Benjamin Claremont is a Strategic Studies MLitt student at the University of St Andrews School of International Relations. His dissertation, Peeking at the Other Side of the Fence: Lessons Learned in Threat Analysis from the US Military’s Efforts to Understand the Soviet Military During the Cold War, explored the impact of changing sources, analytical methodologies, and distribution schemes on US Army and US Navy threat analysis of the Soviet Military, how this impacted policy and strategy, and what this can teach in a renewed era of great power competition. He received his MA (Honours) in Modern History from the University of St. Andrews. He is interested in Strategy, Operational Art, Naval Warfare, and Soviet/Russian Military Science.

The appearance of U.S. Department of Defense (DoD) visual information does not imply or constitute DoD endorsement.

*Correction: The Italian carrier was of the Giuseppe Garibaldi class, not the Vittorio Veneto class as originally stated.

Endnotes

1. Przemysław Ziemacki, Is the Moskva-Class Helicopter Cruiser the Best Naval Design for the Drone Era?, CIMSEC, 7/9/2021, https://cimsec.org/is-the-moskva-class-helicopter-cruiser-the-best-naval-design-for-the-drone-era/

2. Ziemacki, Moskva Class for the Drone Era. All quotations in this and the preceding paragraph are from Mr. Ziemacki’s article.

3. The French Jeanne d’Arc, the Italian Andrea Doria, Caio Duilio, and Giuseppe Garibaldi, the Soviet Moskva and Leningrad, and the Japanese Haruna, Hiei, Shirane and Kurama.

4. Yuri Apalkov, Противолодочные Корабли, 2010, МОРКНИГА, p. 79, 98 The Tblisi class became the Kuznetsov class after 1991.

5. Apalkov, Противолодочные Корабли, p. 18

6. Apalkov, Противолодочные Корабли, p. 17

7. Apalkov, Противолодочные Корабли, p. 22,

8. USN Strategic Systems Programs, FBM Weapon System 101: The Missiles, https://www.ssp.navy.mil/fb101/themissiles.html#I

9. USN Strategic Systems Programs, FBM Weapon System 101: The Missiles, https://www.ssp.navy.mil/fb101/themissiles.html#I

10. The first to be built with Polaris A-3 was USS Daniel Webster, SSBN-626. In addition, the 10 SSBN-627 boats and 12 SSBN-640 boats all carried 16 Polaris A-3 each for a total of over 350 missiles.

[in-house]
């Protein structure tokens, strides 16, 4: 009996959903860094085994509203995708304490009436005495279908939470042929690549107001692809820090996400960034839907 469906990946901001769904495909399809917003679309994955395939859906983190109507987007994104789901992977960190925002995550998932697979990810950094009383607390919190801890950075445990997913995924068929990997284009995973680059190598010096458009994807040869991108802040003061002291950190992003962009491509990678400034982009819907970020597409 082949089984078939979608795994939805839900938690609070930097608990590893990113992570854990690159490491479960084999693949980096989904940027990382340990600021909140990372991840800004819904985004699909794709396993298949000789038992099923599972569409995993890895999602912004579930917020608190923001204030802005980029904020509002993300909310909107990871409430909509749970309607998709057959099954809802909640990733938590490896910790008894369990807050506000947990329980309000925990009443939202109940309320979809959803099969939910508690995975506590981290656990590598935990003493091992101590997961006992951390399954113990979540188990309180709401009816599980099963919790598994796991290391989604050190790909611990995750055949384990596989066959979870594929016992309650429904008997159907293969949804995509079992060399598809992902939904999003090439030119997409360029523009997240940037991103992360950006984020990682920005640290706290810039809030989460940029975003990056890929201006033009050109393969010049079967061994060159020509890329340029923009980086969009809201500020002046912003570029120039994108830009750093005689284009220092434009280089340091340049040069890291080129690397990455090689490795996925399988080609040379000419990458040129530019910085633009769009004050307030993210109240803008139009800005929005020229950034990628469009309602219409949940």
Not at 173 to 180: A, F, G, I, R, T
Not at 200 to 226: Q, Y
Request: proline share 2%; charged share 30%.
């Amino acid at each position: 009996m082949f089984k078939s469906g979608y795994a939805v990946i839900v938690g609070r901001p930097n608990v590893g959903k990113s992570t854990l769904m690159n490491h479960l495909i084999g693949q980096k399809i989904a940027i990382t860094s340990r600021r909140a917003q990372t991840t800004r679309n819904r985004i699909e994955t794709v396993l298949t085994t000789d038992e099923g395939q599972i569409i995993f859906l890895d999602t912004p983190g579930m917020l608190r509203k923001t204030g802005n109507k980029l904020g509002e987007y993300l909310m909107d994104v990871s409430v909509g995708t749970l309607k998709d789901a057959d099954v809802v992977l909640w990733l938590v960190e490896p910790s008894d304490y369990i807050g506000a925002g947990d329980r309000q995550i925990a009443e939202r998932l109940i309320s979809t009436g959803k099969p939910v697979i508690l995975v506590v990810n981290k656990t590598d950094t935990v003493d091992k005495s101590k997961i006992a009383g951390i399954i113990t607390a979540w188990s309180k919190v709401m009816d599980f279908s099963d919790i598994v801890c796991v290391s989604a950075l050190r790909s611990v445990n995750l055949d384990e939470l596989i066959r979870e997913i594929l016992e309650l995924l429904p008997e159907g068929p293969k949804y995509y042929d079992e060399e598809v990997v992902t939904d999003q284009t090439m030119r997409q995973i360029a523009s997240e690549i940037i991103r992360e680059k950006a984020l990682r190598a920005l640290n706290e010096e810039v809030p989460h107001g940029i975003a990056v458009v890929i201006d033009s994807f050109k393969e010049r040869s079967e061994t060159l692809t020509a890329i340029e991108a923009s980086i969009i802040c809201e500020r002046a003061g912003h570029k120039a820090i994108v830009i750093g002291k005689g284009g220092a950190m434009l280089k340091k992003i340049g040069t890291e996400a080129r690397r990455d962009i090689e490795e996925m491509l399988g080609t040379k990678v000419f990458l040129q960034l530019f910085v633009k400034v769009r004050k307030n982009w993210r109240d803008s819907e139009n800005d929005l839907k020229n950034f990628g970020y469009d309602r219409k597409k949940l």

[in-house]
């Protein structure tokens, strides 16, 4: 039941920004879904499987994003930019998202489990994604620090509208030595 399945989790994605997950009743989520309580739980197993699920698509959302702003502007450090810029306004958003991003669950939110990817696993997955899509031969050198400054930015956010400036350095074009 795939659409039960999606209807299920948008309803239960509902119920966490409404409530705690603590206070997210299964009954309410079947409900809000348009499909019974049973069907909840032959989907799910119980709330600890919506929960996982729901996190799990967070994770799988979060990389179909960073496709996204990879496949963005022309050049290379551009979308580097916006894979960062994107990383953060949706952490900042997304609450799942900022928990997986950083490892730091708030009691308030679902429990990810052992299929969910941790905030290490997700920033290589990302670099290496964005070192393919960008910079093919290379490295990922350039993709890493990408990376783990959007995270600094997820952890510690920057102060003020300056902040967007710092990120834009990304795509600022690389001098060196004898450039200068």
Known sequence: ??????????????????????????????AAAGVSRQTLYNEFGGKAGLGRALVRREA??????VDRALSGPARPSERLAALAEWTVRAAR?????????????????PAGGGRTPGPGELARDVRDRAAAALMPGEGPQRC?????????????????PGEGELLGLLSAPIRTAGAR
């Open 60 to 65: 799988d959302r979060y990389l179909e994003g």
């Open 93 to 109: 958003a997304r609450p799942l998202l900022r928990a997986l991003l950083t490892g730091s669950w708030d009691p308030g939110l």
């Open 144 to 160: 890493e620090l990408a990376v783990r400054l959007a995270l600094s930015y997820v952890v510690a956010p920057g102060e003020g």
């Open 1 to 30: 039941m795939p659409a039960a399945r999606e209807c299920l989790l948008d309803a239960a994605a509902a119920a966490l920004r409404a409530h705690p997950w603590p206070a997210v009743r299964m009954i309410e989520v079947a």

11. Determined using Missilemap by Alex Wellerstein, https://nuclearsecrecy.com/missilemap/

12. Apalkov, Противолодочные Корабли, p. 28

13. Apalkov, Противолодочные Корабли, p. 28

14. Apalkov, Противолодочные Корабли, p. 28

15. Apalkov, Противолодочные Корабли, p. 28

16. Apalkov, Противолодочные Корабли, p. 28

17. Apalkov, Противолодочные Корабли, p. 28

18. Apalkov, Противолодочные Корабли, p. 28

19. Work was halted on Pr.11233 in 1968, Leningrad commissioned on June 22nd, 1969.

20. Yuri Apalkov, Ударные Корабли, МОРКНИГА, p. 4-6

21. Ziemacki, Moskva Class for the Drone Era.

22. Ziemacki, Moskva Class for the Drone Era.

23. Xavier Vavasseur, Next Generation Anti-Ship Missile Achieves Operational Capability with Super Hornets, USNI News, 12/19/2019 https://news.usni.org/2019/12/19/next-generation-anti-ship-missile-achieves-operational-capability-with-super-hornets

24. Adm. Raymond A. Spruance, quoted in Naval Doctrine Publication 1: Naval Warfare (2020), P. 0 accessible at: https://cimsec.org/wp-content/uploads/2020/08/NDP1_April2020.pdf

25. Julian Corbett, Some Principles of Naval Strategy, p. 103-4

26. Ziemacki, Moskva Class for the Drone Era.

27. Chris Dougherty, Moving Beyond A2/AD, CNAS, 12/3/2020, https://www.cnas.org/publications/commentary/moving-beyond-a2-ad (clarification in brackets added)

28. Michael Kofman, It’s Time to Talk about A2/AD: Rethinking the Russian Military Challenge, War on the Rocks, 9/5/2019, https://warontherocks.com/2019/09/its-time-to-talk-about-a2-ad-rethinking-the-russian-military-challenge/

29. Kofman, It’s Time to Talk about A2/AD. The Russian term is a translation of the English

30. Kofman, It’s Time to Talk about A2/AD

31. Kofman, It’s Time to Talk about A2/AD

32. Rice, Jennifer and Robb, Erik, “China Maritime Report No. 13: The Origins of “Near Seas Defense and Far Seas Protection”” (2021). CMSI China Maritime Reports, p. 1

33. Rice and Robb, CMSI #13, p. 7

34. For more on the interactions between Near Seas Defense and Far Seas Protection see RADM Michael McDevitt, USN (Ret.), Becoming a Great “Maritime Power”: A Chinese Dream, CNA, June 2016, https://www.cna.org/cna_files/pdf/IRM-2016-U-013646.pdf

35. The technical advisor for Bumblebee, 3T, Typhon, and Aegis was the Johns Hopkins Applied Physics Laboratory, who also developed the VT fuse. https://apps.dtic.mil/sti/pdfs/ADA229872.pdf

36. USS Theodore Roosevelt Public Affairs, Theodore Roosevelt, Nimitz Carrier Strike Groups conduct dual carrier operations, 2/8/2021, https://www.cpf.navy.mil/news.aspx/130807

37. A nominal CSG has 1x CG-47 and 4x DDG-79; CGH group has 2x 96 Cell CGH and 5x ASW LCS or 5x FFG-62

38. This is due to the payload, fuel efficiency, speed and altitude limitations inherent to rotary wing or tilt-rotor aircraft compared to fixed wing turboprops.

39. Based on estimated combat radius of c. 500 nautical miles for the F-18E, plus 50 nautical miles for the AIM-120D.